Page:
Paid In Full: the Internet, artists and money

Leading on from my last post, I recognise that as much as the Internet is opening up horizons and introducing artists to new audiences they wouldn’t have acquired otherwise, the issue of making sure artists get paid for their output is still there.

Spotify is an incredible service, and while I’m currently on the free, ad-supported version, I would gladly pay for it if my financial situation was better. There have been recent criticisms of the amounts it pays to songwriters, but there are many who see it as opportunity rather than a problem. For my part, I’ve bought tons of albums off Amazon and at my friendly local record store, thanks to hearing them on Spotify.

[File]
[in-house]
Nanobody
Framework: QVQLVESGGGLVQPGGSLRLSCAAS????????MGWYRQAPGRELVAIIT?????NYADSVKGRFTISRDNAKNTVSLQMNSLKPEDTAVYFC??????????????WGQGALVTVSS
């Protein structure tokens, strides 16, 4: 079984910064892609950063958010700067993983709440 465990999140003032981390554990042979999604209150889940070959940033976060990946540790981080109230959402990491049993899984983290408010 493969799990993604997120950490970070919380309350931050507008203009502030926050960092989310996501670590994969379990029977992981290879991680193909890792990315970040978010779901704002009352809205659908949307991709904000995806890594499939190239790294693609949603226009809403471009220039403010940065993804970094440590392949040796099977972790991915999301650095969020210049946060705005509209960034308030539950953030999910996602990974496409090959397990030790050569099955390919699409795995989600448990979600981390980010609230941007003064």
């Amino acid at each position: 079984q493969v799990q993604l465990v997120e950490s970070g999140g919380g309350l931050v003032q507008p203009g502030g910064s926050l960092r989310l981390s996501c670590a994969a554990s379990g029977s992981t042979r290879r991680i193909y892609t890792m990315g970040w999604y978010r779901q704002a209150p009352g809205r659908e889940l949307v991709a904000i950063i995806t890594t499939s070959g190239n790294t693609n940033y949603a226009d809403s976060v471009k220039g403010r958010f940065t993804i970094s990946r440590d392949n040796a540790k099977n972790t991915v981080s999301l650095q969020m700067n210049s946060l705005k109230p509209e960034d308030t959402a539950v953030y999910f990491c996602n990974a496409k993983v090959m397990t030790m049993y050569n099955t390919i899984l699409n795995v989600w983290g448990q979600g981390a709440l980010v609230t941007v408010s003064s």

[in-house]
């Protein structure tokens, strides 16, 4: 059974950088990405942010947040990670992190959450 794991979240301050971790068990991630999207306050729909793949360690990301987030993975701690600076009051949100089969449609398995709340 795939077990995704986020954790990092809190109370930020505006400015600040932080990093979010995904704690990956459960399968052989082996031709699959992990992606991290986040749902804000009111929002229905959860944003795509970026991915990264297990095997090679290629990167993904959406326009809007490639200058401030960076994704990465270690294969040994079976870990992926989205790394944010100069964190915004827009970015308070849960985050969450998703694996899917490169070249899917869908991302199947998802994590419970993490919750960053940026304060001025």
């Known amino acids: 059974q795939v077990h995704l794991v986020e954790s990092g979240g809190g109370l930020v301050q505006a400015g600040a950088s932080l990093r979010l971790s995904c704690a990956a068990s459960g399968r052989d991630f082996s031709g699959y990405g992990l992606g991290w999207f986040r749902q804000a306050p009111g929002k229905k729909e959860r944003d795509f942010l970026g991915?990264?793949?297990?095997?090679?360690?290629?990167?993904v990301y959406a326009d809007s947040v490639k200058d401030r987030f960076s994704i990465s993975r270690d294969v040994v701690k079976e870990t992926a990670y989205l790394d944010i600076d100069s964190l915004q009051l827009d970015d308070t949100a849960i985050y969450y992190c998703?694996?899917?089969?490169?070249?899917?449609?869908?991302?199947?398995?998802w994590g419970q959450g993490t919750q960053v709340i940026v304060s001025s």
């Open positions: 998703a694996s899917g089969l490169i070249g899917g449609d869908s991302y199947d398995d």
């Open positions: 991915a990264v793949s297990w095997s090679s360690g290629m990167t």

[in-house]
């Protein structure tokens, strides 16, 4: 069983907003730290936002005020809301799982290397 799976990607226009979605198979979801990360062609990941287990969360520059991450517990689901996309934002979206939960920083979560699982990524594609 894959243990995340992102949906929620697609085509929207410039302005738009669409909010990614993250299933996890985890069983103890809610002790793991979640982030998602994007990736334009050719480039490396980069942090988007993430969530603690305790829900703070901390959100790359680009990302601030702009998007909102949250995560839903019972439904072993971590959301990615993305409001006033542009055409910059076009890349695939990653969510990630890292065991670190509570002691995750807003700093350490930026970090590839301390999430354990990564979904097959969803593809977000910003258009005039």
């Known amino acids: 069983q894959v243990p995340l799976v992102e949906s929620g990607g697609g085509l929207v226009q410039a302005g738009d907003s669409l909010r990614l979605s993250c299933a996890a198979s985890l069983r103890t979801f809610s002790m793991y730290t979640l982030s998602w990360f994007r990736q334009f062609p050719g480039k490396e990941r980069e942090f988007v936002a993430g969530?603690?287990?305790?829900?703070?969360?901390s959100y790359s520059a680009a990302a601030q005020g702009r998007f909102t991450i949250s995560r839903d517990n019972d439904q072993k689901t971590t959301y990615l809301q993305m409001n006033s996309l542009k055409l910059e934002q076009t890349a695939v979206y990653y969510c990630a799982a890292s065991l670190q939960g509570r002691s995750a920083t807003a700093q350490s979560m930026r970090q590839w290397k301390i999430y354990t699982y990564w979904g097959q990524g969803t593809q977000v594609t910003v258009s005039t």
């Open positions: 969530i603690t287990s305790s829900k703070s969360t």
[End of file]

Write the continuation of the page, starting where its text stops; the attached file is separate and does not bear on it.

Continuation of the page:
There’s another layer, though – artists that you may hear through MP3s posted on their blogs or MySpace pages, or shared through Tumblr sites, or through free downloadable mixtapes. I’d love to be able to pay even a token sum for this wonderful free entertainment. But Paypal is unwieldy, and a lot of smaller artists won’t have access to large-scale distribution channels like iTunes or Amazon’s MP3 store. Micropayments have been progressing in the last few years – there are a few promising options available. I don’t know how effective they can or will be, but I think it’s important for people to be able to earn money from the art they create. It’s a brave new world, but some things stay the same:


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